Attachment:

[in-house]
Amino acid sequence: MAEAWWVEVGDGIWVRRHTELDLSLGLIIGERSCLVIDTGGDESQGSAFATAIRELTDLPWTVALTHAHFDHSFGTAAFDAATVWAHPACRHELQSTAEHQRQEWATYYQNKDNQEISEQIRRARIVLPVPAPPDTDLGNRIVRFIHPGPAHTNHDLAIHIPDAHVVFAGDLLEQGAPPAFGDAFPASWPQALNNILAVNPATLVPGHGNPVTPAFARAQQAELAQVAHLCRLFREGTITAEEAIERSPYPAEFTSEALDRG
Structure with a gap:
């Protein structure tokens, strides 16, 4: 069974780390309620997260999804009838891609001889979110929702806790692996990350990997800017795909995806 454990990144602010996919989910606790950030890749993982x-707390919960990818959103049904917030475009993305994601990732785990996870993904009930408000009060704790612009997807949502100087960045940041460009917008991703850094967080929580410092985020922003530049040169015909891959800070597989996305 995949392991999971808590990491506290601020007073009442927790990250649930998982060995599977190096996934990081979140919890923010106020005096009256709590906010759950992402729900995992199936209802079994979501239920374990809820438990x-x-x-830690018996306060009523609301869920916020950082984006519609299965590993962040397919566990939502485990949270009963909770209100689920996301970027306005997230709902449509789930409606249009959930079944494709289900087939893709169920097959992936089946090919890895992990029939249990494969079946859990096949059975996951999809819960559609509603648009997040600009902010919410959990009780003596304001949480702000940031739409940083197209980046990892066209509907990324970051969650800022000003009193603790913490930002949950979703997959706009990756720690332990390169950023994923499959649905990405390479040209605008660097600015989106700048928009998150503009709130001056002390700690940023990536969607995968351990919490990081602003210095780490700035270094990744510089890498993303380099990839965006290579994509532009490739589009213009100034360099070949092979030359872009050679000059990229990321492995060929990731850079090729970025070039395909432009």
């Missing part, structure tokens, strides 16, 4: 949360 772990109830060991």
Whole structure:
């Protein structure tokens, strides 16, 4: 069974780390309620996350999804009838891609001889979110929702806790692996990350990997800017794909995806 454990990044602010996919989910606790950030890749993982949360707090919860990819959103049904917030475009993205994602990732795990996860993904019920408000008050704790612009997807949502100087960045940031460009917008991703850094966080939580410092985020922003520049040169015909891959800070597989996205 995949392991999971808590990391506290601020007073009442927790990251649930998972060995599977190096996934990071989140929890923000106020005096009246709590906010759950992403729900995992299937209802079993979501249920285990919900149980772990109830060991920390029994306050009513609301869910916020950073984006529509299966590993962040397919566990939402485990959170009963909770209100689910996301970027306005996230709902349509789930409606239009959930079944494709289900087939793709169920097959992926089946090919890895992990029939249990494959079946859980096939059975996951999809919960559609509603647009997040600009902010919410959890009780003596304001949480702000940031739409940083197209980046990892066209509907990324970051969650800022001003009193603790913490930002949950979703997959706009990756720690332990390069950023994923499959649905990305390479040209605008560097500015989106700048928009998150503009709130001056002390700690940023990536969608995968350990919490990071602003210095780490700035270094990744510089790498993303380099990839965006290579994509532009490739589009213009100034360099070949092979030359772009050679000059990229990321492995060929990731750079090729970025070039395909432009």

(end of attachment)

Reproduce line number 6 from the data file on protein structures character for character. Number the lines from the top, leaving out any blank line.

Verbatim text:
Whole structure: